How would you describe the differences in the shapes of the monthly temperature distributions of the two cities?

Answer:

The temperatures are nearly symmetric around the mean in City B. The temperatures are compact to the left of the mean for City C and then spread out to the right (skewed right).

Exercise 7.

Suppose that Robert had to decide between Cities D, E, and F.

a. Draw a dot plot for each distribution.

Answer:

b. Interpret the MAD for the distributions. What does this mean about variability?

Answer:

The MADs are, all the same, so the monthly temperatures differ, on average, 10.5 degrees from the mean of 63 degrees. This means that all of the distributions have the same amount of variability.

c. How will Robert decide to which city he should move to? List possible reasons Robert might have for choosing each city.

Answer:

Robert needs to look more at the shapes of the distributions to help him make a decision.

City D – Appears to have four seasons with widespread temperatures.

City E – Has mainly cold weather and ¡s only hot for 3 months.

City F – Has mainly moderate weather and only a few cold months.

### Eureka Math Grade 6 Module 6 Lesson 10 Problem Set Answer Key

Question 1.

Draw a dot plot of the times that five students studied for a test if the meantime they studied was 2 hours and the MAD was 0 hours.

Answer:

Since the MAD is 0 hours, all data values are all the same, and they would be equal to the mean value.

Question 2.

Suppose the times that five students studied for a test are as follows:

Michelle said that the MAD for this data set is 0 hours because the dot plot is balanced around 2. Without doing any calculations, do you agree with Michelle? Why or why not?

Answer:

No. Michelle is wrong. There is variability within the data set, so the MAD is greater than 0 hours.

Note:

If students agree with Michelle, then they have not yet mastered an understanding that the MAD is measuring variability. They need to understand that if data values differ in a distribution, whether the distribution is symmetric or not, then there is variability. Therefore, the MAD cannot be 0 hours.

Question 3.

Suppose that the number of text messages eight students receive on a typical day is as follows:

a. Draw a dot plot for the number of text messages received on a typical day for these eight students.

Answer:

b. Find the mean number of text messages these eight students receive on a typical day.

Answer:

Since the distribution appears to be somewhat symmetrical around a value in the 50’s, students could guess a value for the mean, such as 52 or 53, and then check the sum of the distances on either side of their predictions. Using the formula, the mean is 53 text messages because \(\frac{424}{8}\) = 53.

c. Find the MAD for the number of text messages, and explain its meaning using the words of this problem.

Answer:

The sum of the absolute deviations is 70. So, \(\frac{70}{8}\) yields a MAD of 8. 75 text messages.

This means that, on average, the number of text messages these eight students receive on a typical day differs by 8.75 text messages from the group mean of 53 text messages.

d. Describe the shape of this data distribution.

Answer:

The shape of this distribution is fairly symmetrical (balanced) around the mean of 53 messages.

e. Suppose that in the original data set, Student 3 receives an additional five text messages per day and Student 4 receives five fewer text messages per day.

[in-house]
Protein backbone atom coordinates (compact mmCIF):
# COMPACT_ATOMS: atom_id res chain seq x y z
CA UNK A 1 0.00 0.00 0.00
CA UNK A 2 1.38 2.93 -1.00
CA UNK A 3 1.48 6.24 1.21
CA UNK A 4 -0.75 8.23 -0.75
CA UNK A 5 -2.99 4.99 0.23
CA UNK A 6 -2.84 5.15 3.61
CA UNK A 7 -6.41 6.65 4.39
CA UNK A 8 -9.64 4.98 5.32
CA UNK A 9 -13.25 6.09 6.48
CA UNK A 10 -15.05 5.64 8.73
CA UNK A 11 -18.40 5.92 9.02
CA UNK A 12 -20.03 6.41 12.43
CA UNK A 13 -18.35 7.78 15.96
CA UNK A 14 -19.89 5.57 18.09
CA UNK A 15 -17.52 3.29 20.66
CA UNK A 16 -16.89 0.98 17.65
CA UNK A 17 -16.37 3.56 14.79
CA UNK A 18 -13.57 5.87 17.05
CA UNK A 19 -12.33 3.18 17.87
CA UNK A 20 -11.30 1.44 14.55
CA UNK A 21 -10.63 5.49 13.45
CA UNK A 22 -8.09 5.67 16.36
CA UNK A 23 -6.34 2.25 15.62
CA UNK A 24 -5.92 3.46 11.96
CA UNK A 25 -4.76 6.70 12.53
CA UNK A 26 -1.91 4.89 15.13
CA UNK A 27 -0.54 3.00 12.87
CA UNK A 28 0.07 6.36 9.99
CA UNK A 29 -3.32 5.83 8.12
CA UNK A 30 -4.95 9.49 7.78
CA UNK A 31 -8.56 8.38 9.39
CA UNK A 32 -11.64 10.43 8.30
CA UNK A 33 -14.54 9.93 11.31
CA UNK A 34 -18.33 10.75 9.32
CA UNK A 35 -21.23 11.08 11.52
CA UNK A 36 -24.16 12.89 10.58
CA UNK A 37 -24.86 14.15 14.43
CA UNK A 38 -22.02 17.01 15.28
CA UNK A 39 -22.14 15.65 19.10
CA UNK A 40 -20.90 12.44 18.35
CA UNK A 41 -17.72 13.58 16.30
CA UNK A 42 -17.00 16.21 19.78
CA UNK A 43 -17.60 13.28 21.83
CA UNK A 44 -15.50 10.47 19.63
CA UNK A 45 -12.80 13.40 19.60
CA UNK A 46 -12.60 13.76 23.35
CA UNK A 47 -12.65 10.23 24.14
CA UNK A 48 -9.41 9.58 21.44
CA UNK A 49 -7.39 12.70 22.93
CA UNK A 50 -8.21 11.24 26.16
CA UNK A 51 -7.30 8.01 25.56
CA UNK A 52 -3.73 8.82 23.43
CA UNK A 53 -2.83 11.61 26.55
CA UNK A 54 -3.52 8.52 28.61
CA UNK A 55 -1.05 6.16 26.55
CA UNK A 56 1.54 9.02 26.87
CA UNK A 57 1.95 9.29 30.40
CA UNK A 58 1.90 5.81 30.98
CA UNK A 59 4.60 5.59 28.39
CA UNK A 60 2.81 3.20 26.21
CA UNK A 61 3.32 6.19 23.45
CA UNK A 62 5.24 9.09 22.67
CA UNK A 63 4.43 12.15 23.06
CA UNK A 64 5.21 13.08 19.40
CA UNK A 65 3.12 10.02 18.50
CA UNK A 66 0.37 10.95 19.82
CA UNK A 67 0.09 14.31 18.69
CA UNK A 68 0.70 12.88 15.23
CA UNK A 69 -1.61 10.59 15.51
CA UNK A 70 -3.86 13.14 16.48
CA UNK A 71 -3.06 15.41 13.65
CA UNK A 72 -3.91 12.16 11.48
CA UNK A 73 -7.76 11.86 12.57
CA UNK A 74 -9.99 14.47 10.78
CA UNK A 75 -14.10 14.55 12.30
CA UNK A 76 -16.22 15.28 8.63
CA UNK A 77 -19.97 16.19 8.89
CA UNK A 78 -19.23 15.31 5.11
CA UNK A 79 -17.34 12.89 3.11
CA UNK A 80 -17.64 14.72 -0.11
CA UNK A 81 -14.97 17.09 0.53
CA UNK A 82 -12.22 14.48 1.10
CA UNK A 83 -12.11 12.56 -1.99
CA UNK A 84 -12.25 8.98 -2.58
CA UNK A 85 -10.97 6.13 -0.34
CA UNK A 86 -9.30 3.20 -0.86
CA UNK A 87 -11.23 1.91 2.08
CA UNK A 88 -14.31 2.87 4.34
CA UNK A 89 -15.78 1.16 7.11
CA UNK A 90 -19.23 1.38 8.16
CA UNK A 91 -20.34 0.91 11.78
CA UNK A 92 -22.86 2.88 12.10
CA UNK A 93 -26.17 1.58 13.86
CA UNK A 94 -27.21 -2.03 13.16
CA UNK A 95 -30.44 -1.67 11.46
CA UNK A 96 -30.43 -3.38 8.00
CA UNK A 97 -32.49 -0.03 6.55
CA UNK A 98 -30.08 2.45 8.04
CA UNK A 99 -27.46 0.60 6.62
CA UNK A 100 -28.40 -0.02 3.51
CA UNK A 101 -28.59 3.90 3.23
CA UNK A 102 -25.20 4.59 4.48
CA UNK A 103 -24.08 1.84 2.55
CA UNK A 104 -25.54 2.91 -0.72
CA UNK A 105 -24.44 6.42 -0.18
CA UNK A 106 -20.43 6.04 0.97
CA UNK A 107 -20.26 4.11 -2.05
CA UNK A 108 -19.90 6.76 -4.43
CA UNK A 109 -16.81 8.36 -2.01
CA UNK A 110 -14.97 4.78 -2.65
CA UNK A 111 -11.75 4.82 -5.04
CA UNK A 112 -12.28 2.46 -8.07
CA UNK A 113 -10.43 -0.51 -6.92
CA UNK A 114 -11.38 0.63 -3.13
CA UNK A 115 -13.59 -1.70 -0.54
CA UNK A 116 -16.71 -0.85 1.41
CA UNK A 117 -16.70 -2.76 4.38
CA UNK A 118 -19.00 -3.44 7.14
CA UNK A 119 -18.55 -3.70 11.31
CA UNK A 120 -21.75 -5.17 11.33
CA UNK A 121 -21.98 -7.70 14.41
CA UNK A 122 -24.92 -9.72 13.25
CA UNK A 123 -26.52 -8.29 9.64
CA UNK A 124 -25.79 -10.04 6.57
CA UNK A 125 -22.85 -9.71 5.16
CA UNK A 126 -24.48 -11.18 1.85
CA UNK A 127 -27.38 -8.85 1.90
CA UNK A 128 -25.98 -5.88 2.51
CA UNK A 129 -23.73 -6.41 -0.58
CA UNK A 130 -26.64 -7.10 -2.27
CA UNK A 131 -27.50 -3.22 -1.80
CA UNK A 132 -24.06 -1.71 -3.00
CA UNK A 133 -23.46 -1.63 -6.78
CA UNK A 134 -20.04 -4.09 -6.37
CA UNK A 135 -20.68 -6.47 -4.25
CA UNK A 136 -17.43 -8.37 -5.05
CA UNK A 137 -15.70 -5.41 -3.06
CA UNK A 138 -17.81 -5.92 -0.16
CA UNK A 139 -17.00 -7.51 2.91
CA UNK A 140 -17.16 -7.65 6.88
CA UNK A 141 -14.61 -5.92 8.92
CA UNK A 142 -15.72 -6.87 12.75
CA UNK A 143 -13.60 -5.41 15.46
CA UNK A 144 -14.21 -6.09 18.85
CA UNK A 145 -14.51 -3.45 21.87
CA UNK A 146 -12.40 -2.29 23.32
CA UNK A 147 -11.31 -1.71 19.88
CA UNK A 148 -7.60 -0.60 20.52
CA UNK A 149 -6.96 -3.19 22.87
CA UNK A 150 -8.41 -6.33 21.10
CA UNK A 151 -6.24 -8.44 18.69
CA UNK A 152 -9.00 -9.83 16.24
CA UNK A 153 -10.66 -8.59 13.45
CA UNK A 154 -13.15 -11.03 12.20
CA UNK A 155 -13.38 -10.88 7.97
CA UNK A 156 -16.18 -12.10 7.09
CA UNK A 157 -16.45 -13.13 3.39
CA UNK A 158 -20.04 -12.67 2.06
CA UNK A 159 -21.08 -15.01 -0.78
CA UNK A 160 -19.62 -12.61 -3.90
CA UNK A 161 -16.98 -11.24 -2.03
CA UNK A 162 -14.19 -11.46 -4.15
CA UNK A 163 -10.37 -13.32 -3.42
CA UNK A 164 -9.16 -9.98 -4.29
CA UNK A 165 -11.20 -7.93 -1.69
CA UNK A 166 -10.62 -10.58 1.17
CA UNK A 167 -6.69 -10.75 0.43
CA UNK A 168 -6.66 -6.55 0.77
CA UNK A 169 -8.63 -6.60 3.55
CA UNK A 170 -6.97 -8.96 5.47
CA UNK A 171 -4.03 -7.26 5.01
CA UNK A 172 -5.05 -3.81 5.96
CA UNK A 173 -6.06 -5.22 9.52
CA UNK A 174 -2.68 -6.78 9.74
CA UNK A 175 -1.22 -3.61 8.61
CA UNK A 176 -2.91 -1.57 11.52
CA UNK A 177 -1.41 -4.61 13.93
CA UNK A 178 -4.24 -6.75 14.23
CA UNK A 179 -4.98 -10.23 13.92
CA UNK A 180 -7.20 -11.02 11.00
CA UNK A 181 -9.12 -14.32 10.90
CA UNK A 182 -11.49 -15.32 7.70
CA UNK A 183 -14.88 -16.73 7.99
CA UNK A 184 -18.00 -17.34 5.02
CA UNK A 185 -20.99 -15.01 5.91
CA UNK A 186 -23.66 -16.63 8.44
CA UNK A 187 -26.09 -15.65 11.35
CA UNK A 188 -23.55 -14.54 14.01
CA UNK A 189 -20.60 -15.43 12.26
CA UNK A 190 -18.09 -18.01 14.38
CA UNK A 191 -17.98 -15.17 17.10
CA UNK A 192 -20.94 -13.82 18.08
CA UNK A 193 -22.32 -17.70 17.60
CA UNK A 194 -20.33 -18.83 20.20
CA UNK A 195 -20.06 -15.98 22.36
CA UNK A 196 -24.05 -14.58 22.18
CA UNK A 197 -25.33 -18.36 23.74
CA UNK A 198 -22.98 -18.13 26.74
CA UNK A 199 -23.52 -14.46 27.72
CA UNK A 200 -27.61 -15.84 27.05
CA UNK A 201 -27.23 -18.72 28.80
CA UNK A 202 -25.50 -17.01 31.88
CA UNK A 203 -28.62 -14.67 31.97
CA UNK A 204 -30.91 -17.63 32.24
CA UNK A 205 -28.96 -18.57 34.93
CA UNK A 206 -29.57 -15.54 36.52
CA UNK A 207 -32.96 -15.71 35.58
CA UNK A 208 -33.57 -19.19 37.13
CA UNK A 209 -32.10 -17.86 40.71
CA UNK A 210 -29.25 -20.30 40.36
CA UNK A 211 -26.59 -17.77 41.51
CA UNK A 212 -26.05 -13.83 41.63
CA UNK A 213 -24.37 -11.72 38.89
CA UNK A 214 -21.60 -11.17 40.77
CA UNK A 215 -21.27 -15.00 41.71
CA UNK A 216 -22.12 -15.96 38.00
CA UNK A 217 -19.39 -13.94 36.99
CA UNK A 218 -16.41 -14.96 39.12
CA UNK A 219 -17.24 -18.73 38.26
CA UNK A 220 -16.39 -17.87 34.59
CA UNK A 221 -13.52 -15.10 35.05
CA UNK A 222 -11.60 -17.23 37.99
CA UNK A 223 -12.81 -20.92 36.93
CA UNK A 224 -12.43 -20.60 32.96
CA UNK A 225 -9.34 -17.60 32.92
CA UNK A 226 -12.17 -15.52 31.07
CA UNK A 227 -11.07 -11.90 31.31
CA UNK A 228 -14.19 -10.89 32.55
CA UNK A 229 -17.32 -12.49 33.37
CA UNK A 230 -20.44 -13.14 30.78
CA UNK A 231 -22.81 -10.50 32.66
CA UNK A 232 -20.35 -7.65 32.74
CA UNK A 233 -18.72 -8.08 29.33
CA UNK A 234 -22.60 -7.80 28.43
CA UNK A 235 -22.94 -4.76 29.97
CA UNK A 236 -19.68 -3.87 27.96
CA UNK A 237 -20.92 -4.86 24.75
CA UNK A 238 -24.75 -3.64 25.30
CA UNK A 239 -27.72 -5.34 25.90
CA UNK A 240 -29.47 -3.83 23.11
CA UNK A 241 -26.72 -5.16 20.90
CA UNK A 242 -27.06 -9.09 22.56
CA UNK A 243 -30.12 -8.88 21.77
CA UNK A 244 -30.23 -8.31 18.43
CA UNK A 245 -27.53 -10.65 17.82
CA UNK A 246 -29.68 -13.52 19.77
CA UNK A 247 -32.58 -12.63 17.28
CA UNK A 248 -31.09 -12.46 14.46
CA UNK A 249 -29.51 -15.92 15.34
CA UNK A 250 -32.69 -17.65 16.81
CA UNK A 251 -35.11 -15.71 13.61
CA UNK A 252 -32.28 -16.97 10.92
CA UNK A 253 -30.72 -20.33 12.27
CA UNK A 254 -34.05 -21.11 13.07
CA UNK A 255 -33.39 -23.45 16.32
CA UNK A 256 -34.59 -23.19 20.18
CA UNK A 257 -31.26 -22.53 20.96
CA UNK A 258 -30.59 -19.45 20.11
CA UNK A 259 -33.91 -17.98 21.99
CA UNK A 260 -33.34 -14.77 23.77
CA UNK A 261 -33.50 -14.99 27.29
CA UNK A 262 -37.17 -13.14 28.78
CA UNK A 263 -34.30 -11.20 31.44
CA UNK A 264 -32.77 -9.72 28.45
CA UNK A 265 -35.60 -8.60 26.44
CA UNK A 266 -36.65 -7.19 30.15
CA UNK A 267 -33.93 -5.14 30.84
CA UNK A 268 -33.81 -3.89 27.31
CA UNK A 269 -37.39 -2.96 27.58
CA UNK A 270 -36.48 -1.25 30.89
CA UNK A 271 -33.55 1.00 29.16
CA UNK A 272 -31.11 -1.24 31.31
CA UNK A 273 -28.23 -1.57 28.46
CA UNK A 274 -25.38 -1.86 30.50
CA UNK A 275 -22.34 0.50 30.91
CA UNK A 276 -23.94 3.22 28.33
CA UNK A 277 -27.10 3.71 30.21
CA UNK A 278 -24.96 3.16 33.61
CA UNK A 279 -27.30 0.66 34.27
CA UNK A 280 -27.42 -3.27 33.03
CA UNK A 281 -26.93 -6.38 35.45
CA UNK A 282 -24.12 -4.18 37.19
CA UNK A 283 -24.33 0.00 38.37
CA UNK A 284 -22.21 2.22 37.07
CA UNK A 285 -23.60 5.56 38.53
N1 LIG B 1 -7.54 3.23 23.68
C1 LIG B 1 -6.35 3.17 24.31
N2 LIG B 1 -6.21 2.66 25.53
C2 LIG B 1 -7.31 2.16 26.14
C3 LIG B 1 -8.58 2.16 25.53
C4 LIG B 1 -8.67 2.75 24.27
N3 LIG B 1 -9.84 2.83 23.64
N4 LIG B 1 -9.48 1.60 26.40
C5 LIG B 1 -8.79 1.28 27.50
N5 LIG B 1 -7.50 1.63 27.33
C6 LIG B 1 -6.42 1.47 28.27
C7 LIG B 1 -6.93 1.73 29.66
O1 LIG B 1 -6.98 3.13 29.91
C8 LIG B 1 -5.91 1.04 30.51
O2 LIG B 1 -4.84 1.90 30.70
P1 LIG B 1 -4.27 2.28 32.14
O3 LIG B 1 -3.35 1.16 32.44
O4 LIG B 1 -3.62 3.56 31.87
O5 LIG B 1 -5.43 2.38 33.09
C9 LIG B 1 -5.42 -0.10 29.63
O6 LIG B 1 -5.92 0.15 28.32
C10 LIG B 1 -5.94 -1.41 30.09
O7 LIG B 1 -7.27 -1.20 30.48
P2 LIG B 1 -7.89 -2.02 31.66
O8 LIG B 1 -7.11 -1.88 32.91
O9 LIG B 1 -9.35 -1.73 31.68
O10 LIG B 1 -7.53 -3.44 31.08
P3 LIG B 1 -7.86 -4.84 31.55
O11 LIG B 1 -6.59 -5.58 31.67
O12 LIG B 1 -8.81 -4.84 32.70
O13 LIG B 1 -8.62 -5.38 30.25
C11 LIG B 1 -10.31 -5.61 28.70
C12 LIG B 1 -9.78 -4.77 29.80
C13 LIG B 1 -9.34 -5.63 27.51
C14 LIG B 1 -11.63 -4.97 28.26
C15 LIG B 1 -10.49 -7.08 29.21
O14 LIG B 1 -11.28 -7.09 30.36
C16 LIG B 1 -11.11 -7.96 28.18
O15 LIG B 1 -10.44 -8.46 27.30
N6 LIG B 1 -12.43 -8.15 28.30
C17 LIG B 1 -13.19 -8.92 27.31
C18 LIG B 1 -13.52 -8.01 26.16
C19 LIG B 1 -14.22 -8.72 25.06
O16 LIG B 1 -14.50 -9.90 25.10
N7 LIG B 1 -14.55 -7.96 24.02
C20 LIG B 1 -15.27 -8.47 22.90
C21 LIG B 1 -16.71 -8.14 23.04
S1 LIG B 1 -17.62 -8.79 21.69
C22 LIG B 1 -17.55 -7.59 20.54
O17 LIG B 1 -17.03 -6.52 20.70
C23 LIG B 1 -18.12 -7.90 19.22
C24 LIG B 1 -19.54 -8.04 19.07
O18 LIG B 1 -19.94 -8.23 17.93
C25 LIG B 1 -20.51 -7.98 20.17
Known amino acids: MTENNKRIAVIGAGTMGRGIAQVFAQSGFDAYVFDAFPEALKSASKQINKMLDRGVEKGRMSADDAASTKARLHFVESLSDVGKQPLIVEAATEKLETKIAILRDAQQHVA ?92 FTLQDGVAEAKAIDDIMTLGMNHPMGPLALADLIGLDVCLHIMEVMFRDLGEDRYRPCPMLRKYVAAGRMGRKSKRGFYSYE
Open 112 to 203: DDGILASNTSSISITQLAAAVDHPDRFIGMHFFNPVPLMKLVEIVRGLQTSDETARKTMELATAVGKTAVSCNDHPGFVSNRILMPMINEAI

i. Without doing any calculations, does the mean for the new data set stay the same, increase, or decrease as compared to the original mean? Explain your reasoning.

Answer:

The mean would remain at 53 messages because one data value moved the same number of units to the right as another data value moved to the left. So, the balance point of the distribution does not change.

ii. Without doing any calculations, does the MAD for the new data set stay the same, increase, or decrease as compared to the original MAD? Explain your reasoning.

Answer:

Since the lowest data point moved closer to the mean and the highest dota point moved closer to the mean, the resulting distribution would be more compact than the original distribution. Therefore, the MAD would decrease.

### Eureka Math Grade 6 Module 6 Lesson 10 Exit Ticket Answer Key

Question 1.

A dot plot of times that five students studied for a test is displayed below.

a. Calculate the mean number of hours that these five students studied. Then, use the mean to calculate the absolute deviations, and complete the table.

Answer:

The mean is 2 hours since the sums of the distances on either side of 2 hours are equal.

b. Find and interpret the MAD for this data set.

Answer:

\(\frac{5}{5}\) = 1

The MAD is 1 hour. This means that, on average, the study times differed by 1 hour from the group mean of 2 hours.

Question 2.

The same five students are preparing to take a second test. Suppose that the numbers of study hours were the same except that Ben studied 2.5 hours for the second test (1. 5 hours more), and Emma studied only 3 hours for the second test (1. 5 hours less).

a. Without doing any calculations, is the mean for the second test the same as, greater than, or less than the mean for the first test? Explain your reasoning.

Answer:

The mean would be the same since the distance that one data value moved to the right was matched by the distance another data value moved to the left. The distribution is still balanced at the same place.

b. Without doing any calculations, is the MAD for the second test the same as, greater than, or less than the MAD for the first test? Explain your reasoning.

Answer:

The MAD would be smaller since the data values are clustered closer to the mean.